The More You NOAA: House Cuts Would Leave NOAA Underwater

Here at Ocean Conservancy we are keeping a close eye on the NOAA budget allocations for the next year because we know how important NOAA is to people across the country. And like you, we want to see NOAA fully funded.

This week marked another milestone for NOAA’s budget with the House of Representatives releasing its proposal for funding NOAA next year.

The silver lining first. The House clearly took a more thoughtful approach to funding NOAA than the Trump administration did by investing in key programs like Sea Grant, Ocean Exploration and National Estuarine Research Reserves. This is a sign that these programs have bipartisan support and that the broad public outcry in support of these ocean priorities has been heard by Congress.

The bad news? Unfortunately, however, the House still wants to cut NOAA funding by a shocking $700 million. Cuts at this scale are unacceptable, and would undercut the important work of our nation’s premier ocean agency.

The worst of the worst is how hard the proposed cuts will hurt ocean health and coastal communities:

  • A nearly 50% slash to the Coastal Management Grants that empower coastal states to protect the invaluable ocean resources in their back yards and have a say in how federal agencies manage the ocean right of their shores. They also keep communities safe from ocean and weather hazards.
  • A 19% cut to climate research. NOAA’s job–given to the agency by Congress–is to gather data about the climate, analyze it and share it with the public. That data is critical for understanding what the future holds for our ocean.
  • A 12% cut to NOAA’s ocean research labs that are tackling key issues from the impact of ocean acidification on oysters to predicting the harmful algal blooms that kill fish and make water supplies undrinkable.
  • A 4% cut to NOAA’s Coastal Science, Assessment, Response and Restoration programs, which could hamper our response to oil spills, hazardous waste releases and reduce efforts to clean up marine debris.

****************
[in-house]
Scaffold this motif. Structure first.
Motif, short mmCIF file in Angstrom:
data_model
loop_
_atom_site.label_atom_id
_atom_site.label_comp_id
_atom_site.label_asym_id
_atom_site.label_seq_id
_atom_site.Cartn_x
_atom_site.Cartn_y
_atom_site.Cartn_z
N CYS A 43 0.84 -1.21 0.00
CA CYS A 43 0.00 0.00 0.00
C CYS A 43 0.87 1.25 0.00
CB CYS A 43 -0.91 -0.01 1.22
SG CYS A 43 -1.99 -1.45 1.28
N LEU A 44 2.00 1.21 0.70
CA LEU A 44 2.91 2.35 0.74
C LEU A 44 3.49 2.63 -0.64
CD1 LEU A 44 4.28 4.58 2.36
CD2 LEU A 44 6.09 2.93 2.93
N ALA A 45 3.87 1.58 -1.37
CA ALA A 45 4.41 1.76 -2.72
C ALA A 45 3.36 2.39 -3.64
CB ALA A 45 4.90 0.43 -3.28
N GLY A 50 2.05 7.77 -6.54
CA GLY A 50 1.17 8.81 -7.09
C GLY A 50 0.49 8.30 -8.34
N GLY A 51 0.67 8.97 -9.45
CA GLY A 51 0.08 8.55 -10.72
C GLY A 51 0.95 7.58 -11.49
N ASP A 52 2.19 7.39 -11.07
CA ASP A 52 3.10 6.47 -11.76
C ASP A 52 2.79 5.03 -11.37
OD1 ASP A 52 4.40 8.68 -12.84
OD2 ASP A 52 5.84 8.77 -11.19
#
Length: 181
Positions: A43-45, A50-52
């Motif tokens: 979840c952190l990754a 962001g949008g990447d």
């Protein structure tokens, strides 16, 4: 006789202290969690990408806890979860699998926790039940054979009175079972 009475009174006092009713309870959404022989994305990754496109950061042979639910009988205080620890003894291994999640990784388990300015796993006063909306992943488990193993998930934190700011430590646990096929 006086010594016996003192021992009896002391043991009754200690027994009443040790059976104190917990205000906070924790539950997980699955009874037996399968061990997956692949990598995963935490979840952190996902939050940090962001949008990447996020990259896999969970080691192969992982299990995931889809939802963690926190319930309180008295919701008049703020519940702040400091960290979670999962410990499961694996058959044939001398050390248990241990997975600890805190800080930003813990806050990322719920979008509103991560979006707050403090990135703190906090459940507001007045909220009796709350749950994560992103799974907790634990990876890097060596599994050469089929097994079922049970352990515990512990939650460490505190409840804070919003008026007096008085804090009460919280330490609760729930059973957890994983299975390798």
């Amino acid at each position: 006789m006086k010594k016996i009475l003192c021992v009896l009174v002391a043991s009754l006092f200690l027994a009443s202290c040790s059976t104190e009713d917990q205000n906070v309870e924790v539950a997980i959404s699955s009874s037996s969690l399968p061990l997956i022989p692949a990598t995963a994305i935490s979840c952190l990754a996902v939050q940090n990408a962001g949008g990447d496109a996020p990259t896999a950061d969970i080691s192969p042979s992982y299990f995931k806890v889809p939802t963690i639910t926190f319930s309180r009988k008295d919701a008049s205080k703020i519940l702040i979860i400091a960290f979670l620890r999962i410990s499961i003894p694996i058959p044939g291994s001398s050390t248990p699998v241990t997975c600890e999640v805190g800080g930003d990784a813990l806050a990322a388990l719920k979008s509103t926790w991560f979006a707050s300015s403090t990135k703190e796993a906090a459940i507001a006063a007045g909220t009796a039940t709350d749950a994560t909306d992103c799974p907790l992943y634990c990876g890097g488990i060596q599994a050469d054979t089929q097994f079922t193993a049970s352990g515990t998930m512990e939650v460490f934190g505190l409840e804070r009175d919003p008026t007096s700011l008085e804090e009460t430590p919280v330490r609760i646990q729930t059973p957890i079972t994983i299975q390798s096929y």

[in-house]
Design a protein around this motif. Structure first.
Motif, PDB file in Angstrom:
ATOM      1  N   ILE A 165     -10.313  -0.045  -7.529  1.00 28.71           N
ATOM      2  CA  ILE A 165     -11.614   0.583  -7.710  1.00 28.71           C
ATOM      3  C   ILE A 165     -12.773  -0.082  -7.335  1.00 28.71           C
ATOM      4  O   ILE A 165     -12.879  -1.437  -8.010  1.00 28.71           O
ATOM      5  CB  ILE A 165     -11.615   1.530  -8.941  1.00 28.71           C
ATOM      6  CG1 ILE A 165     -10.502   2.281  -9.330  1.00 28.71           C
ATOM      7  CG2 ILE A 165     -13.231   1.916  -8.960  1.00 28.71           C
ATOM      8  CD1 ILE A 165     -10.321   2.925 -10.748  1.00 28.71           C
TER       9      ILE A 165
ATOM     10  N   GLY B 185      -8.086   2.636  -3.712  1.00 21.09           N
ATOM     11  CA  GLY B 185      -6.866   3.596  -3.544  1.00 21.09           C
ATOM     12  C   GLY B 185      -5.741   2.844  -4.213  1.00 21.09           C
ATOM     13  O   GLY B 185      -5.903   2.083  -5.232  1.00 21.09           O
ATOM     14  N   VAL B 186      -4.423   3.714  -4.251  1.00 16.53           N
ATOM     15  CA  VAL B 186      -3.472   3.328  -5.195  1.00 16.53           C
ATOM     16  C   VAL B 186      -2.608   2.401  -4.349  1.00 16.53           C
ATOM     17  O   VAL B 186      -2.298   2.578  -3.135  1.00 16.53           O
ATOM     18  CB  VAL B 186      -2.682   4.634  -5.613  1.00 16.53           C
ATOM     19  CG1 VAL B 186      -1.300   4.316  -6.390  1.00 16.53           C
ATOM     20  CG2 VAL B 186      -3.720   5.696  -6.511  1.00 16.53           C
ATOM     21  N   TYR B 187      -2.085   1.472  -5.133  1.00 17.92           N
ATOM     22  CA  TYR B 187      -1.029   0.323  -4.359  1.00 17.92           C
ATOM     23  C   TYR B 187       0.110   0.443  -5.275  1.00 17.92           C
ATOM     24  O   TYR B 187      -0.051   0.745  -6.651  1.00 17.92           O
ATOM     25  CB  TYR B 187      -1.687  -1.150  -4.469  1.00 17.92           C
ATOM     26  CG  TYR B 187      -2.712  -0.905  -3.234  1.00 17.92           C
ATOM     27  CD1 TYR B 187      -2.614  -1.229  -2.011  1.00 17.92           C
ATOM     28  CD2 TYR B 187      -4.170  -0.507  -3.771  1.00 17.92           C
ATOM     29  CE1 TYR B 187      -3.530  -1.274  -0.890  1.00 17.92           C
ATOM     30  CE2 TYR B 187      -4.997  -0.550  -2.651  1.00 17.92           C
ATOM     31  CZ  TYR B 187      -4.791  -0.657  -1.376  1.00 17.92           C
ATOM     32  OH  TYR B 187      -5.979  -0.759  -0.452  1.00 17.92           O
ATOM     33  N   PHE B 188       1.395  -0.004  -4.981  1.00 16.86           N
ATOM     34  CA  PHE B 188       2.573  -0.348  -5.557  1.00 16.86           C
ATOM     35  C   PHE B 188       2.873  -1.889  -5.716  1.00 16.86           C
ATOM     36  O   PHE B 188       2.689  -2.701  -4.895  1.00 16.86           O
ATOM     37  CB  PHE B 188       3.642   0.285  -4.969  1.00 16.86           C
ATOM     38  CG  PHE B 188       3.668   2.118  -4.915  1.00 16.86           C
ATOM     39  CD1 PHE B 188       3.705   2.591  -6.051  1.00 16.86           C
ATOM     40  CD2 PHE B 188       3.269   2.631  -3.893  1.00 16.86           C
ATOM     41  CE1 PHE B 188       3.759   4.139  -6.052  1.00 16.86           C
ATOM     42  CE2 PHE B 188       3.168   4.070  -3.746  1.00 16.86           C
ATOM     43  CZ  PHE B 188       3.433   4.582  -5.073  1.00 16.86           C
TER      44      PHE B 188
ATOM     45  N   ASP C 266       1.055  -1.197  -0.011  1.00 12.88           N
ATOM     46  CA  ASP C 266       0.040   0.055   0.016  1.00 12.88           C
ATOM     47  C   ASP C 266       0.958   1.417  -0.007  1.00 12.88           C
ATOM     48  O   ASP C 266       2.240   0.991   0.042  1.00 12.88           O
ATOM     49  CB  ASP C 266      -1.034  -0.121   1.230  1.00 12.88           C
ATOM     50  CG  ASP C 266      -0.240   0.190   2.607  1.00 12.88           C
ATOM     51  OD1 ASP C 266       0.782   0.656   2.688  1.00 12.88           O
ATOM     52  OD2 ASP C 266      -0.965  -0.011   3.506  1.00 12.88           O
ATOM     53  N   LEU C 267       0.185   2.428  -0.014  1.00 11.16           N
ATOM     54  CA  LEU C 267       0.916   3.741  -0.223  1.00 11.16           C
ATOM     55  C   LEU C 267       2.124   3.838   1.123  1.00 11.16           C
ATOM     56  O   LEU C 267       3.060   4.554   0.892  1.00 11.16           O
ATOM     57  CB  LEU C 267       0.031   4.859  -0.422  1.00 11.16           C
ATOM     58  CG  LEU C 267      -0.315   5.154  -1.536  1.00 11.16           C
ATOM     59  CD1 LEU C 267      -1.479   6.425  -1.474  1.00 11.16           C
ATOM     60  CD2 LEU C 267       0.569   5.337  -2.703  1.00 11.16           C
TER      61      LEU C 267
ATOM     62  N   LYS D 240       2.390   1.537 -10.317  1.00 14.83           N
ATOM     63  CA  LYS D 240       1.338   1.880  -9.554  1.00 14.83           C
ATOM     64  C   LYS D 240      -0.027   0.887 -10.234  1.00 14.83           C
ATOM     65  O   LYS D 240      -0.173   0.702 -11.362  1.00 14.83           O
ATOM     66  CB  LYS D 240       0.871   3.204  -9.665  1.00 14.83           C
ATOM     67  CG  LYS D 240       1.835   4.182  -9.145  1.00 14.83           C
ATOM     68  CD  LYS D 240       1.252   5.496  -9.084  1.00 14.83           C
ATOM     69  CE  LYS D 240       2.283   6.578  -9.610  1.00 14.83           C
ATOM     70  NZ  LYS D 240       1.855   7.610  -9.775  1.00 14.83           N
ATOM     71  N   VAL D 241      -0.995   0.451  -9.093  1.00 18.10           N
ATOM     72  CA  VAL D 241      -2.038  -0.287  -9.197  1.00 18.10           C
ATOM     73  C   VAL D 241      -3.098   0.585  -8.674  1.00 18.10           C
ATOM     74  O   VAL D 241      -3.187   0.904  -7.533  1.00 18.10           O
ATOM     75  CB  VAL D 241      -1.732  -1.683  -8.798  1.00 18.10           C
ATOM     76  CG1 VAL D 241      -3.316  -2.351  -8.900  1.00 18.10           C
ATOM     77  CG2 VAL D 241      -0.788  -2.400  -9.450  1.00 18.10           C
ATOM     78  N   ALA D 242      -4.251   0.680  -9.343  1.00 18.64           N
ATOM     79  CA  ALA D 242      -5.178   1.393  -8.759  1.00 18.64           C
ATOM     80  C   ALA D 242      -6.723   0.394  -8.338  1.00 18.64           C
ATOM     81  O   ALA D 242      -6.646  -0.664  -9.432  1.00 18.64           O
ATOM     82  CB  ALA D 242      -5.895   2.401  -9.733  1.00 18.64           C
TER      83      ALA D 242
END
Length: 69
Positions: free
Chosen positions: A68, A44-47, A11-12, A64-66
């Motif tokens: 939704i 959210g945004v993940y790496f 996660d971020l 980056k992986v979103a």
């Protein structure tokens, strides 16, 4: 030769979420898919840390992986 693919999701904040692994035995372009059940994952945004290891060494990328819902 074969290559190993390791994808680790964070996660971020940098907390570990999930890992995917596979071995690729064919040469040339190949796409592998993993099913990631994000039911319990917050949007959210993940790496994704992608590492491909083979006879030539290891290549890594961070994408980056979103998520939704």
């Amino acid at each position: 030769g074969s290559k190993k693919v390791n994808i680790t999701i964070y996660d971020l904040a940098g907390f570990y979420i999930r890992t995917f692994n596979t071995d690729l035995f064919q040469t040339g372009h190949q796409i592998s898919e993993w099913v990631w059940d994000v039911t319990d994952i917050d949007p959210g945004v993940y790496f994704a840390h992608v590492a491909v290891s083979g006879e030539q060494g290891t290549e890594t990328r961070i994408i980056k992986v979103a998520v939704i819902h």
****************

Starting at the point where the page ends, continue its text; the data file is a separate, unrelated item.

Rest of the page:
• Squeezing cuts of around 3% to the fundamental NOAA function of supporting safe navigation and accurate hydrographic surveys of our nation’s oceans.
  • And a 3% cut to Species Recovery Grants, reducing the effort we’re putting into recovering endangered species just as species like sea turtles and right whales need our help the most.

Cuts that cause ripples

If these cuts are enacted, the impacts will ripple far beyond the specific programs listed above. We will see impacts on state-based coastal management programs that receive NOAA grants and then leverage them to provide supersized benefits along the coast, like helping towns plan for sea level rise. Cuts will bite into the ability of research labs to solve problems ranging from fisheries management to water quality. It will handicap NOAA’s ability to deliver robust climate research that helps us prepare for droughts and extreme weather events.

Here’s an example of how investing in NOAA’s programs is like a puzzle–every dollar spent supports and leverages other programs:

“The sensors I deploy to monitor ocean acidification in New England were developed using NOAA Oceanic and Atmospheric Research funds. They’re deployed on National Ocean Service buoys that are part of the Integrated Ocean Observing System. The data that the sensors relay back to me is combined with data from NOAA and NASA satellites that are observing the earth. I input the data into models developed with the help of NOAA Ocean Acidification program funding to learn about the impacts of acidification, and finally we work with Sea Grant personnel and similar outreach programs to share what we’ve learned with shell fishermen and businesses out on the water that can use it to enhance their harvest.”

– Joe Salisbury, Research Associate Professor at the University of New Hampshire

If any one piece of the NOAA puzzle that Professor Salisbury needs to do his job is removed, the folks on the ground in coastal communities simply won’t get the complete picture of what is going on in the ocean. And there are many more stories like his.

The bottom line

If there is one thing you can do today, please call and email your member of Congress and tell them that you strongly oppose funding cuts that hamper NOAA’s ability to serve the American people.

Our work is focused on solving some of the greatest threats facing our ocean today. We bring people, science and policy together to champion innovative solutions and fight for a sustainable ocean.
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